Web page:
"The emperor's new clothes." Manoeuvre warfare and operational art

Jorstad, Nils (2004) "The emperor's new clothes." Manoeuvre warfare and operational art. MPhil(R) thesis, University of Glasgow.

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Abstract

Wars can be categorised in a number of ways, for example according to the conduct during conflicts, the means used and with regard to the belligerents' strategy, aims and objectives. One reason for categorising is to add precision to the language so we can better develop proper theories and methods, thus aiming at improving our fighting capability. In the wake of these theoretical exercises, new terms and sometimes, old terms used in a new way, are introduced. Since the late 1970s, many lobbyists, military theorists and officers have described warfare in terms of a dichotomy: attrition and manoeuvre warfare. Manoeuvre warfare theory is a hybrid of selected historical examples and military theories developed under different contextual circumstances. The alleged paradigm shift in our approach to war has provided us with, or so we believe, a new methodology for conduct in war and the number of terms suited to describe an unambiguous theory. True manoeuvre warfare is expressed through operational art. This distinct approach to war has now been adopted by military forces throughout the western world. This thesis looks closer at what manoeuvre warfare aspires to be, in the context of its terminology, methodology and its different national expressions. The first part of the thesis is concerned with a comparative analysis of different national manoeuvre warfare doctrines by using general systems theory and non-linear dynamics. The analysis reveals that, what we call manoeuvre warfare theory, has expressions that contradict each other and differ to the extent that the theory exists only in name. The second part of the thesis is concerned with the historical substantiation of manoeuvre warfare. German military conduct, but first and foremost the Blitzkrieg-campaigns are often used to add credibility to the methods prescribed by manoeuvre theory. Some proponents of the theory have chosen General Guderian as the human manifestation of the true manoeuvrist. By using the Clausewitzian term "Centre of Gravity", essential in manoeuvre theory as a departure point, the second part of the thesis analyses German military conduct and thought prior to the Second World War and the campaign in France 1940. Emphasis in the second part is put on German planning prior to the campaign and the conduct of the Wehrmacht's Army Group A during the execution. The analysis reveals that the German military interpreted Clausewitz in a way that is not compatible with strategic thought in modem democratic societies. The German pursuit of military effectiveness led to a tacticisation of strategy. Battles of attrition were fought with the highest degree of mobility. German military thought in the 1930's, manifested in the field manual Truppenfihrung, reveals a pragmatic approach to war, which indicates that there was no Blitzkrieg concept as such. Army Group A's conduct during the campaign in France also contradicts many of the principles and the methodology prescribed by the manoeuvrists. It appears that the ambiguous terms and selective historical examples have been interpreted and distilled to a degree where they eventually conform to the manoeuvrist thought.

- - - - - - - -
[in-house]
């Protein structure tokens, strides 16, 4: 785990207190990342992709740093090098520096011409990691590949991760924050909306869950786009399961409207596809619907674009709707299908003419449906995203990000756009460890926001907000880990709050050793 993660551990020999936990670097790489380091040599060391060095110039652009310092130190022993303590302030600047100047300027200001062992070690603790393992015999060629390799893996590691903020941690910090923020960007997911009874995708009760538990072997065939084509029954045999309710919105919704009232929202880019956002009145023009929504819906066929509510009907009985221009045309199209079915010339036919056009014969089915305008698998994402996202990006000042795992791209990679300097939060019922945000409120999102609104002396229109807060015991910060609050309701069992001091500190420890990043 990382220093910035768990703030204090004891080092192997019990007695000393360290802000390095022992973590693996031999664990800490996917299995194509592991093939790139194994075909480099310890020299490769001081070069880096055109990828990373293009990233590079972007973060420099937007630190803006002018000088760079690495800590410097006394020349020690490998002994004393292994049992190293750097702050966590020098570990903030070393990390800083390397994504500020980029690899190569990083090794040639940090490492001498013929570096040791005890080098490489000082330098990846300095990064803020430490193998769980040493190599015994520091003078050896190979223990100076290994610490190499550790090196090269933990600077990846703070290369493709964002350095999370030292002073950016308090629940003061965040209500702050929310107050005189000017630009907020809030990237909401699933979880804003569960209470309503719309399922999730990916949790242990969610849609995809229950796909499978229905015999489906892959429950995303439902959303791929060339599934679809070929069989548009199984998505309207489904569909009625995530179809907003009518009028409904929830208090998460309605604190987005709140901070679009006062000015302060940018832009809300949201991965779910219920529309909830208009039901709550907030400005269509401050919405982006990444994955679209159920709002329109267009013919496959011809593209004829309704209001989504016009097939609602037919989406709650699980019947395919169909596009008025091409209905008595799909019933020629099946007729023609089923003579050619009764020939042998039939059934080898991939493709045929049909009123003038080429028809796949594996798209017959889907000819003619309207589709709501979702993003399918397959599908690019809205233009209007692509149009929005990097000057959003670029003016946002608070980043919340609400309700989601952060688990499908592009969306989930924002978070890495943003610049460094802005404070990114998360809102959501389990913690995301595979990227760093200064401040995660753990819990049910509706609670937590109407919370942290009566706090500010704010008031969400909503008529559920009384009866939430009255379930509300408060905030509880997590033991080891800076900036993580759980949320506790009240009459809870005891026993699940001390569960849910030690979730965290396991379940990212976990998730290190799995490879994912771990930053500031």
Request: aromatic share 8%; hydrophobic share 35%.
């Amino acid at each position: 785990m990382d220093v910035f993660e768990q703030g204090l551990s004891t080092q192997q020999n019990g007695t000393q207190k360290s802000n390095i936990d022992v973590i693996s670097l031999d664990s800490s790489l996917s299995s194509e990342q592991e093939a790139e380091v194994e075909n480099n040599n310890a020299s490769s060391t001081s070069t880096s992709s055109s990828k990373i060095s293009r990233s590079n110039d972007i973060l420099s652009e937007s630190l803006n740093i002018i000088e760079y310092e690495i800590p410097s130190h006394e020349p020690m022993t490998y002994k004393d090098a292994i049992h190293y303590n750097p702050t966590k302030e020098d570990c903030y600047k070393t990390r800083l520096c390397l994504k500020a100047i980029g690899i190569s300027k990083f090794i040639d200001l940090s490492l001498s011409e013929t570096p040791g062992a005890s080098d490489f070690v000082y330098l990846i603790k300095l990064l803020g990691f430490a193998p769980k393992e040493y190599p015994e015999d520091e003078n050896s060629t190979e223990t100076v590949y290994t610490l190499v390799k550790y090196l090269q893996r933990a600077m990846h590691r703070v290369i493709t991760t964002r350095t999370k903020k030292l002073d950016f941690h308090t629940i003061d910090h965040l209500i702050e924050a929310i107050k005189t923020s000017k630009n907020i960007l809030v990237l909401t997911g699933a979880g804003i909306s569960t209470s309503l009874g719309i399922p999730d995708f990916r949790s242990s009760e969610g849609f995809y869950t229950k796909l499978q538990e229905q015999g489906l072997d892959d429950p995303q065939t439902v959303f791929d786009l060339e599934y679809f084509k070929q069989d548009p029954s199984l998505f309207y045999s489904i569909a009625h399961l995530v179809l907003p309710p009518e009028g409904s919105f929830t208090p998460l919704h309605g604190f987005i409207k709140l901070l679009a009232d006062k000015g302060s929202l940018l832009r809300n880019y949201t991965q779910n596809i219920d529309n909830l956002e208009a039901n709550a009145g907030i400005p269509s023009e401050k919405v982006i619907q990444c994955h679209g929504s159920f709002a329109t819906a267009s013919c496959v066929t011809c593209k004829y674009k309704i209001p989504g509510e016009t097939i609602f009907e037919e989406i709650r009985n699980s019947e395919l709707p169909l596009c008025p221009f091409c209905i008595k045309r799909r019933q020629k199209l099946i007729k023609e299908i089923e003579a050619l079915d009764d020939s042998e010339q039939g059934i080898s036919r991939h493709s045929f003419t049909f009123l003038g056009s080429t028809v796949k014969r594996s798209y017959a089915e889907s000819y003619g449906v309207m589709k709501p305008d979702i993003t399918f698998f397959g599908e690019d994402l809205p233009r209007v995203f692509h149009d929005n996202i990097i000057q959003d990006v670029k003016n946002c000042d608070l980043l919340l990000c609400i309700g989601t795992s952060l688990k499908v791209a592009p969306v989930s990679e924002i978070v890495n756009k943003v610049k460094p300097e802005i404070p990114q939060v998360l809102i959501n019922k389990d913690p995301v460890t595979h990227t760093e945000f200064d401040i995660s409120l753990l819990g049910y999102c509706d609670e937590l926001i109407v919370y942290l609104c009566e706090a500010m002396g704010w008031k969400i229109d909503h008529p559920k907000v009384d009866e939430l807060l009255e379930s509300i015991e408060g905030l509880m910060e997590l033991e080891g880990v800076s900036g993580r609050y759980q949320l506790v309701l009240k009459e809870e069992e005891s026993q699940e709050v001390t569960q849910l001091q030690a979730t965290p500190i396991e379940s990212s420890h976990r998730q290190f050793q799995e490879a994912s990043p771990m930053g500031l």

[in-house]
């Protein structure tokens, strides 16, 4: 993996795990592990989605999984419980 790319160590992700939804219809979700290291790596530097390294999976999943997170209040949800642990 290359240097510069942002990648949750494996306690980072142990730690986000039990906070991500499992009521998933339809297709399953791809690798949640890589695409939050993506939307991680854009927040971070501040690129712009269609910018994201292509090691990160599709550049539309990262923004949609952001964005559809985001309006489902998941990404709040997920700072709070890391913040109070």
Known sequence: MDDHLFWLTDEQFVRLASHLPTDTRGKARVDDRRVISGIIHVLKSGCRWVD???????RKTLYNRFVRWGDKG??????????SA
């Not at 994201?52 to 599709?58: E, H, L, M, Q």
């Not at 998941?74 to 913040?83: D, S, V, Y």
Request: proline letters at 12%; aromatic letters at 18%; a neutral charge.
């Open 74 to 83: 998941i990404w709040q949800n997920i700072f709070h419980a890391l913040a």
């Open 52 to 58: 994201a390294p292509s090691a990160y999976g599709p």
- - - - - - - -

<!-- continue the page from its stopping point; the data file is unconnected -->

Item Type: Thesis (MPhil(R))
Qualification Level: Masters
Keywords: Military studies
Date of Award: 2004
Depositing User: Enlighten Team
Unique ID: glathesis:2004-71170
Copyright: Copyright of this thesis is held by the author.
Date Deposited: 10 May 2019 10:49
Last Modified: 10 May 2019 10:49
URI: http://theses.gla.ac.uk/id/eprint/71170

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